Every construction project demands the expertise of an architect, but some require more intelligence, craft, and skill than others. An ice hockey stadium is one of it. There are two fronts where clever use of architecture is needed. One is the apparent ice rink that ensures that players have a safe and excellent place to play. Two is the stadium itself where the audience, players, and staff members can seat, change, or work, as the case may be.
To understand what it takes to redesign and reconstruct an ice hockey stadium, we picked up a real-life example by one of the leading Architect firms in the sector. In this article, we explore the Ice Hockey Stadium in Bratislava, Slovakia.
Back in 2011, Bratislava was hosting the Ice Hockey World Championship. To bring their stadium up to the mark, the stadium was extended and reconstructed so that it could meet the required service parameters and be capable of hosting other international sports too. Here are the steps they took to bring about a transformation:
• One element that the architects had to keep in mind was the location of the stadium. What was initially the boundary of the city had become its centre which meant ensuring proper entryway for spectators and creating a façade that matched with the urban area.
• To keep the exterior in theme with modern life and the original stadium, they created an ice and fire feel. Using glass, they shaped an ice-like façade that holds a hot core with pulsating rays of life coming out of it. By giving the glass different sizes and angles, a reflection of the surrounding areas was created. The same strategy works in the evening to reveal the inside of the stadium to the outer world.
• Another factor was the increase in the capacity of the stadium. While designing, they had to create space for 10 thousand spectators instead of the original eight thousand. This led to a consideration of enhanced security, a new and bigger leisure space and a complete change of technology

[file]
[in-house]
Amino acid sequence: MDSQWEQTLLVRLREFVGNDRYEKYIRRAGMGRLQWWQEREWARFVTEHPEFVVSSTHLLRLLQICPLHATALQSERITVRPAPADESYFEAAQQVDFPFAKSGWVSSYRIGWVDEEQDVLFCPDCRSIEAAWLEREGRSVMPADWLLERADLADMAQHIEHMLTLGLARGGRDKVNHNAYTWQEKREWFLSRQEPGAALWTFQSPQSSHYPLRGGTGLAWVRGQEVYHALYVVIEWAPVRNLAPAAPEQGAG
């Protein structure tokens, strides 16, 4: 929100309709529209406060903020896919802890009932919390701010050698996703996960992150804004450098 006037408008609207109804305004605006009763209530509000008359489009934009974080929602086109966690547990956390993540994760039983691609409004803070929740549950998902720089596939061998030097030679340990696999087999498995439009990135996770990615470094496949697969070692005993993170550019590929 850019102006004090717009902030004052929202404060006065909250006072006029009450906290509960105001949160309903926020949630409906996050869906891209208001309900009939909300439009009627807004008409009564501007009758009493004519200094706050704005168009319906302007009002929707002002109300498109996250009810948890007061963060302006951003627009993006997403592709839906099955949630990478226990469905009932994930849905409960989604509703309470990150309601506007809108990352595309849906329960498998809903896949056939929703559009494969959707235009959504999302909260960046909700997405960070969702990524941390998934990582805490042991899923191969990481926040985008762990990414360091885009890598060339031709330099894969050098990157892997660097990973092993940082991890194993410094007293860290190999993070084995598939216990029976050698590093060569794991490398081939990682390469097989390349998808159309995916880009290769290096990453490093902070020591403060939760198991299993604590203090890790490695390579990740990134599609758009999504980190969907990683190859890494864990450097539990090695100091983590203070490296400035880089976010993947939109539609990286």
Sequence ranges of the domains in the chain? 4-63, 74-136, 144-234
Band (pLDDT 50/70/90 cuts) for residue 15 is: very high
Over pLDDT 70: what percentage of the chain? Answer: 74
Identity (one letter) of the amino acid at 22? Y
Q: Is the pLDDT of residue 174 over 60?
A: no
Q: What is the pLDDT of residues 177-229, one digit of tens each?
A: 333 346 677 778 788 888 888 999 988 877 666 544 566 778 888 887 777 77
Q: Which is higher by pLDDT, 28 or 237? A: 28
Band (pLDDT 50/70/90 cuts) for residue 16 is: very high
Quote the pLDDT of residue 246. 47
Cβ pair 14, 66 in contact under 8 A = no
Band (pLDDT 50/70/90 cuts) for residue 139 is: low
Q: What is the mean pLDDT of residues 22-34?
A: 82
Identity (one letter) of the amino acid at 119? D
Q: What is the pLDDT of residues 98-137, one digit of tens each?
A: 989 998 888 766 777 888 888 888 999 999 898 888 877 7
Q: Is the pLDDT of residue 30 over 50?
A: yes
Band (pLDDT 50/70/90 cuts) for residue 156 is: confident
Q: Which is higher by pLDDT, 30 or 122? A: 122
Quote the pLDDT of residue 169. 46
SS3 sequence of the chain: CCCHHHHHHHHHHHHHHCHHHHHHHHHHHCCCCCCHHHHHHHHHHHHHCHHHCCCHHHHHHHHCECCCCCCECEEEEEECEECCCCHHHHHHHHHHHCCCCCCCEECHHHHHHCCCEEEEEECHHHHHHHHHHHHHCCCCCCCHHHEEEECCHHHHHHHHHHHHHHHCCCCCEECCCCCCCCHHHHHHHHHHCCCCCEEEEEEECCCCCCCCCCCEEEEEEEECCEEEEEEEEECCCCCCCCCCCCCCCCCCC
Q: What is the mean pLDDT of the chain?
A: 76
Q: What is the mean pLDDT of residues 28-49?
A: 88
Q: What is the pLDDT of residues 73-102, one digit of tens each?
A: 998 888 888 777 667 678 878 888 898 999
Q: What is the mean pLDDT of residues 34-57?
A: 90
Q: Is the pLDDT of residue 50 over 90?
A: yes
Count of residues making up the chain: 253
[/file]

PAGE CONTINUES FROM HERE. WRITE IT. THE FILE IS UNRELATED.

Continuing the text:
• The one chief change the architectural firm made to the ice hockey stadium was the support of the roof. Initially, the stadium had pylons installed in the tribunes. While they provided support, they also hindered the view of the audience. Therefore, while redesigning the architects removed the pylons and brought in a new solution.
Because the ice hockey stadium was in the middle of the city, a pedestrian zone was created by closing off part of the road to cars. The zone opened to the main spectator entrance of the stadium that allowed entry and dispersion. To make it even easier for the viewer to attend the games, the architects included a public transport stop to the zone. For the staff and other workers, the stadium has another entrance with an entryway to an underground garage for players.
As a spectator enters, they go up the stairs to the first and second floor, which directly open to the ice rink and leisure area. The third floor is reserved for Sky-Boxes with a restaurant that gives a direct view of the arena and the outside. The topmost floor was designed for the staff of the stadium with offices for admin workers and the home-based sports club. Check here about the science behind in ice Hockey.
The beauty of the ice hockey stadium as designed by the architect firm is that they kept it true to its history, which is known as the home many famous hockey players. They not only brought back the old glory of the space but also included every modern facility and amenity possible. We hope this real example gave a concise idea about how much work and originality it takes when you consider an ice rink from the perspective of an architect.